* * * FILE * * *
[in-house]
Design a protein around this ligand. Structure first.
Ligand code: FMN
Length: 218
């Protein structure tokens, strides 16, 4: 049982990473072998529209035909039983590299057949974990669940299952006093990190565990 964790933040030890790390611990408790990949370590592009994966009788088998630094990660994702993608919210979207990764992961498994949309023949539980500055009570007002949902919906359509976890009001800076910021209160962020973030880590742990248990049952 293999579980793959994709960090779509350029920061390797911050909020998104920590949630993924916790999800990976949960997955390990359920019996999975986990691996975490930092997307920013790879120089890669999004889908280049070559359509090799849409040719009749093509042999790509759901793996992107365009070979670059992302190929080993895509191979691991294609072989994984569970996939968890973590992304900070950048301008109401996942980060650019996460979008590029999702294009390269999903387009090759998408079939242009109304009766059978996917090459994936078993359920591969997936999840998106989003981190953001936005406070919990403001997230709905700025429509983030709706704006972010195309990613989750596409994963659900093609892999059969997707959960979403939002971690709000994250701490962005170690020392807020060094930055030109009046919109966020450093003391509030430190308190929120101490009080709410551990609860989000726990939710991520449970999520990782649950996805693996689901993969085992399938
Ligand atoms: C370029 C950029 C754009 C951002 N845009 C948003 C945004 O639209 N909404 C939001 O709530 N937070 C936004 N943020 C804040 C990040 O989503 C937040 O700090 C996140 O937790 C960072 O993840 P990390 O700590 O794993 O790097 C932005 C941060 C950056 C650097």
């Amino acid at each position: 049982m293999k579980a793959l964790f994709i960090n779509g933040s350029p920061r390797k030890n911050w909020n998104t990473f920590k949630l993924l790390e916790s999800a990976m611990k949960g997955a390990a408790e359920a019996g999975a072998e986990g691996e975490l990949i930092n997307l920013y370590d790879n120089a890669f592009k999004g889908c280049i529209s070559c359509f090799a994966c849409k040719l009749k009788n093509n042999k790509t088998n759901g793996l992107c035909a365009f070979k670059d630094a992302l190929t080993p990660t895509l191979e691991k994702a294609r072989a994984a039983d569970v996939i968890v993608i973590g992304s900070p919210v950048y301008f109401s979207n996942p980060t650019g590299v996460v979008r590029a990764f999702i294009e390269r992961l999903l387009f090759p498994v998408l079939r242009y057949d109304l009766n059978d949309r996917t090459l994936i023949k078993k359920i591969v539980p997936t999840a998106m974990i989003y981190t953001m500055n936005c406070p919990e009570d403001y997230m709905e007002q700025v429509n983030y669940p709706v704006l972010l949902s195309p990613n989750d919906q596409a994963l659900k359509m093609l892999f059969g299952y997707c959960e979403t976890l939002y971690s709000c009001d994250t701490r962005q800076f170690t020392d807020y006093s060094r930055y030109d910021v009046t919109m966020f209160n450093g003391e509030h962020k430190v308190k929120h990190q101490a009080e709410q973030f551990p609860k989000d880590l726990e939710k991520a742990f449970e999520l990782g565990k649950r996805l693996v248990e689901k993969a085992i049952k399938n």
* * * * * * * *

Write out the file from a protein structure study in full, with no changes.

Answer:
[in-house]
Design a protein around this ligand. Structure first.
Ligand code: FMN
Length: 218
């Protein structure tokens, strides 16, 4: 049982990473072998529209035909039983590299057949974990669940299952006093990190565990 964790933040030890790390611990408790990949370590592009994966009788088998630094990660994702993608919210979207990764992961498994949309023949539980500055009570007002949902919906359509976890009001800076910021209160962020973030880590742990248990049952 293999579980793959994709960090779509350029920061390797911050909020998104920590949630993924916790999800990976949960997955390990359920019996999975986990691996975490930092997307920013790879120089890669999004889908280049070559359509090799849409040719009749093509042999790509759901793996992107365009070979670059992302190929080993895509191979691991294609072989994984569970996939968890973590992304900070950048301008109401996942980060650019996460979008590029999702294009390269999903387009090759998408079939242009109304009766059978996917090459994936078993359920591969997936999840998106989003981190953001936005406070919990403001997230709905700025429509983030709706704006972010195309990613989750596409994963659900093609892999059969997707959960979403939002971690709000994250701490962005170690020392807020060094930055030109009046919109966020450093003391509030430190308190929120101490009080709410551990609860989000726990939710991520449970999520990782649950996805693996689901993969085992399938
Ligand atoms: C370029 C950029 C754009 C951002 N845009 C948003 C945004 O639209 N909404 C939001 O709530 N937070 C936004 N943020 C804040 C990040 O989503 C937040 O700090 C996140 O937790 C960072 O993840 P990390 O700590 O794993 O790097 C932005 C941060 C950056 C650097």
């Amino acid at each position: 049982m293999k579980a793959l964790f994709i960090n779509g933040s350029p920061r390797k030890n911050w909020n998104t990473f920590k949630l993924l790390e916790s999800a990976m611990k949960g997955a390990a408790e359920a019996g999975a072998e986990g691996e975490l990949i930092n997307l920013y370590d790879n120089a890669f592009k999004g889908c280049i529209s070559c359509f090799a994966c849409k040719l009749k009788n093509n042999k790509t088998n759901g793996l992107c035909a365009f070979k670059d630094a992302l190929t080993p990660t895509l191979e691991k994702a294609r072989a994984a039983d569970v996939i968890v993608i973590g992304s900070p919210v950048y301008f109401s979207n996942p980060t650019g590299v996460v979008r590029a990764f999702i294009e390269r992961l999903l387009f090759p498994v998408l079939r242009y057949d109304l009766n059978d949309r996917t090459l994936i023949k078993k359920i591969v539980p997936t999840a998106m974990i989003y981190t953001m500055n936005c406070p919990e009570d403001y997230m709905e007002q700025v429509n983030y669940p709706v704006l972010l949902s195309p990613n989750d919906q596409a994963l659900k359509m093609l892999f059969g299952y997707c959960e979403t976890l939002y971690s709000c009001d994250t701490r962005q800076f170690t020392d807020y006093s060094r930055y030109d910021v009046t919109m966020f209160n450093g003391e509030h962020k430190v308190k929120h990190q101490a009080e709410q973030f551990p609860k989000d880590l726990e939710k991520a742990f449970e999520l990782g565990k649950r996805l693996v248990e689901k993969a085992i049952k399938n």